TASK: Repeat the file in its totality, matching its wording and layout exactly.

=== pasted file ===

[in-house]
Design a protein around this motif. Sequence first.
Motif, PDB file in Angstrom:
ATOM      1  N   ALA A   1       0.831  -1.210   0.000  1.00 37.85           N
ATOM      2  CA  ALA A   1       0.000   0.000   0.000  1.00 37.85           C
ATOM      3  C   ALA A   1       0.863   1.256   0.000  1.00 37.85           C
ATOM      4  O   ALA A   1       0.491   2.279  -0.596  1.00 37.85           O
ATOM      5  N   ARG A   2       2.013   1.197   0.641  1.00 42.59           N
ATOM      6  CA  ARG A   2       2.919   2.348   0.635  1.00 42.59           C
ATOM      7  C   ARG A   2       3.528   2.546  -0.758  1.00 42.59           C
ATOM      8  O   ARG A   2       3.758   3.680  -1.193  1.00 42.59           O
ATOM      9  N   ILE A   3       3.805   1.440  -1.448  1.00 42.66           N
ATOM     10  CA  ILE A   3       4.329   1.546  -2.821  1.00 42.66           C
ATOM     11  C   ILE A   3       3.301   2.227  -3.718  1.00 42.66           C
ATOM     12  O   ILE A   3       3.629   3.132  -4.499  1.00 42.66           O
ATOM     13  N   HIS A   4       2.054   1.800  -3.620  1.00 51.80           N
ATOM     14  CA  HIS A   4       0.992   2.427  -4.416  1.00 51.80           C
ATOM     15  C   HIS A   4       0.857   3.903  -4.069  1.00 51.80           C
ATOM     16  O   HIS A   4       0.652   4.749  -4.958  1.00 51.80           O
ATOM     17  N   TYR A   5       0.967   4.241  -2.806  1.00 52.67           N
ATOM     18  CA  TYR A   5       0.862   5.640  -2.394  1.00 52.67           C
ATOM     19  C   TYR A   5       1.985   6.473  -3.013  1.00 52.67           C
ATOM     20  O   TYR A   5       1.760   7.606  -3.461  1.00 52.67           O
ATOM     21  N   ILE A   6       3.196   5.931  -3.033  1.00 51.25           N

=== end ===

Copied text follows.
[in-house]
Design a protein around this motif. Sequence first.
Motif, PDB file in Angstrom:
ATOM      1  N   ALA A   1       0.831  -1.210   0.000  1.00 37.85           N
ATOM      2  CA  ALA A   1       0.000   0.000   0.000  1.00 37.85           C
ATOM      3  C   ALA A   1       0.863   1.256   0.000  1.00 37.85           C
ATOM      4  O   ALA A   1       0.491   2.279  -0.596  1.00 37.85           O
ATOM      5  N   ARG A   2       2.013   1.197   0.641  1.00 42.59           N
ATOM      6  CA  ARG A   2       2.919   2.348   0.635  1.00 42.59           C
ATOM      7  C   ARG A   2       3.528   2.546  -0.758  1.00 42.59           C
ATOM      8  O   ARG A   2       3.758   3.680  -1.193  1.00 42.59           O
ATOM      9  N   ILE A   3       3.805   1.440  -1.448  1.00 42.66           N
ATOM     10  CA  ILE A   3       4.329   1.546  -2.821  1.00 42.66           C
ATOM     11  C   ILE A   3       3.301   2.227  -3.718  1.00 42.66           C
ATOM     12  O   ILE A   3       3.629   3.132  -4.499  1.00 42.66           O
ATOM     13  N   HIS A   4       2.054   1.800  -3.620  1.00 51.80           N
ATOM     14  CA  HIS A   4       0.992   2.427  -4.416  1.00 51.80           C
ATOM     15  C   HIS A   4       0.857   3.903  -4.069  1.00 51.80           C
ATOM     16  O   HIS A   4       0.652   4.749  -4.958  1.00 51.80           O
ATOM     17  N   TYR A   5       0.967   4.241  -2.806  1.00 52.67           N
ATOM     18  CA  TYR A   5       0.862   5.640  -2.394  1.00 52.67           C
ATOM     19  C   TYR A   5       1.985   6.473  -3.013  1.00 52.67           C
ATOM     20  O   TYR A   5       1.760   7.606  -3.461  1.00 52.67           O
ATOM     21  N   ILE A   6       3.196   5.931  -3.033  1.00 51.25           N